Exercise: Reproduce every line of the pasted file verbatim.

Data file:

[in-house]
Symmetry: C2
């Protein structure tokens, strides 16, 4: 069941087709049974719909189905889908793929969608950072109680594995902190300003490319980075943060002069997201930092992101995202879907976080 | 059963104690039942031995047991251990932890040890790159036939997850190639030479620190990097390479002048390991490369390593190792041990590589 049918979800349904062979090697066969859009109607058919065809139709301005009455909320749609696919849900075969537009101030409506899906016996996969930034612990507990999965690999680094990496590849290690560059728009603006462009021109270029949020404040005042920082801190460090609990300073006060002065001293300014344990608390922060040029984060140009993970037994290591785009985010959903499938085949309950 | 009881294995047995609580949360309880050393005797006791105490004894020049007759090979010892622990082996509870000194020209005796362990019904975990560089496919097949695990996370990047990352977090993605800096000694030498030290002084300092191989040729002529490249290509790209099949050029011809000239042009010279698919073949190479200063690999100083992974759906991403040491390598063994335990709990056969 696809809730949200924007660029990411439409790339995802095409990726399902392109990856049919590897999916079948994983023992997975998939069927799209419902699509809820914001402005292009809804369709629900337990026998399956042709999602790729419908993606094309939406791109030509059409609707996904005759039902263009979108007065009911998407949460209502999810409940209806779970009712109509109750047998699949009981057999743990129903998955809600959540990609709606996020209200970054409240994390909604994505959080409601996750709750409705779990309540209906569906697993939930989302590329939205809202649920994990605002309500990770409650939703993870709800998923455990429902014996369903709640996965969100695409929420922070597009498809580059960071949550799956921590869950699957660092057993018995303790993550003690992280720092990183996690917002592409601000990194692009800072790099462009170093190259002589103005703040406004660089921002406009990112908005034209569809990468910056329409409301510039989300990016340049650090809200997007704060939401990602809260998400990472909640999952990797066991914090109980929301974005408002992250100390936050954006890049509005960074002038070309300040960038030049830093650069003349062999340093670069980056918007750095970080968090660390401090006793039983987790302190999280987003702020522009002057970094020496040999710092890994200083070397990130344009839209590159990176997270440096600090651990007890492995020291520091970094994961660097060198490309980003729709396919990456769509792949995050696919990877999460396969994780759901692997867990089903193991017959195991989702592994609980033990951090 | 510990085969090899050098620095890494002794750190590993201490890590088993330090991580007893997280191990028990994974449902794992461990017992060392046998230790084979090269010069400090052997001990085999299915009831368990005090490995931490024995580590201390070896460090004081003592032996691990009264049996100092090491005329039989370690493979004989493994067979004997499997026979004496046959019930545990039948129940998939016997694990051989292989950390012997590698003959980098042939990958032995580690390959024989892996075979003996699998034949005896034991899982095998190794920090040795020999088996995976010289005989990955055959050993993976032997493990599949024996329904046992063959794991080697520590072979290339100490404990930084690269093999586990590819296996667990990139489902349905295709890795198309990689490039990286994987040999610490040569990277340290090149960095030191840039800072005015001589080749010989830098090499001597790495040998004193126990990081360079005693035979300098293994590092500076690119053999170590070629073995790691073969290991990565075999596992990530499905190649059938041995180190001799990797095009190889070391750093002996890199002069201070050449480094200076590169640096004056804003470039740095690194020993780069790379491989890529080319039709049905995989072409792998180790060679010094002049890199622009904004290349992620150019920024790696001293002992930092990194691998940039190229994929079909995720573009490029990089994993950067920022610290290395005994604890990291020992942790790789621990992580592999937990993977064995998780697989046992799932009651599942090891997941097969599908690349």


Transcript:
[in-house]
Symmetry: C2
């Protein structure tokens, strides 16, 4: 069941087709049974719909189905889908793929969608950072109680594995902190300003490319980075943060002069997201930092992101995202879907976080 | 059963104690039942031995047991251990932890040890790159036939997850190639030479620190990097390479002048390991490369390593190792041990590589 049918979800349904062979090697066969859009109607058919065809139709301005009455909320749609696919849900075969537009101030409506899906016996996969930034612990507990999965690999680094990496590849290690560059728009603006462009021109270029949020404040005042920082801190460090609990300073006060002065001293300014344990608390922060040029984060140009993970037994290591785009985010959903499938085949309950 | 009881294995047995609580949360309880050393005797006791105490004894020049007759090979010892622990082996509870000194020209005796362990019904975990560089496919097949695990996370990047990352977090993605800096000694030498030290002084300092191989040729002529490249290509790209099949050029011809000239042009010279698919073949190479200063690999100083992974759906991403040491390598063994335990709990056969 696809809730949200924007660029990411439409790339995802095409990726399902392109990856049919590897999916079948994983023992997975998939069927799209419902699509809820914001402005292009809804369709629900337990026998399956042709999602790729419908993606094309939406791109030509059409609707996904005759039902263009979108007065009911998407949460209502999810409940209806779970009712109509109750047998699949009981057999743990129903998955809600959540990609709606996020209200970054409240994390909604994505959080409601996750709750409705779990309540209906569906697993939930989302590329939205809202649920994990605002309500990770409650939703993870709800998923455990429902014996369903709640996965969100695409929420922070597009498809580059960071949550799956921590869950699957660092057993018995303790993550003690992280720092990183996690917002592409601000990194692009800072790099462009170093190259002589103005703040406004660089921002406009990112908005034209569809990468910056329409409301510039989300990016340049650090809200997007704060939401990602809260998400990472909640999952990797066991914090109980929301974005408002992250100390936050954006890049509005960074002038070309300040960038030049830093650069003349062999340093670069980056918007750095970080968090660390401090006793039983987790302190999280987003702020522009002057970094020496040999710092890994200083070397990130344009839209590159990176997270440096600090651990007890492995020291520091970094994961660097060198490309980003729709396919990456769509792949995050696919990877999460396969994780759901692997867990089903193991017959195991989702592994609980033990951090 | 510990085969090899050098620095890494002794750190590993201490890590088993330090991580007893997280191990028990994974449902794992461990017992060392046998230790084979090269010069400090052997001990085999299915009831368990005090490995931490024995580590201390070896460090004081003592032996691990009264049996100092090491005329039989370690493979004989493994067979004997499997026979004496046959019930545990039948129940998939016997694990051989292989950390012997590698003959980098042939990958032995580690390959024989892996075979003996699998034949005896034991899982095998190794920090040795020999088996995976010289005989990955055959050993993976032997493990599949024996329904046992063959794991080697520590072979290339100490404990930084690269093999586990590819296996667990990139489902349905295709890795198309990689490039990286994987040999610490040569990277340290090149960095030191840039800072005015001589080749010989830098090499001597790495040998004193126990990081360079005693035979300098293994590092500076690119053999170590070629073995790691073969290991990565075999596992990530499905190649059938041995180190001799990797095009190889070391750093002996890199002069201070050449480094200076590169640096004056804003470039740095690194020993780069790379491989890529080319039709049905995989072409792998180790060679010094002049890199622009904004290349992620150019920024790696001293002992930092990194691998940039190229994929079909995720573009490029990089994993950067920022610290290395005994604890990291020992942790790789621990992580592999937990993977064995998780697989046992799932009651599942090891997941097969599908690349």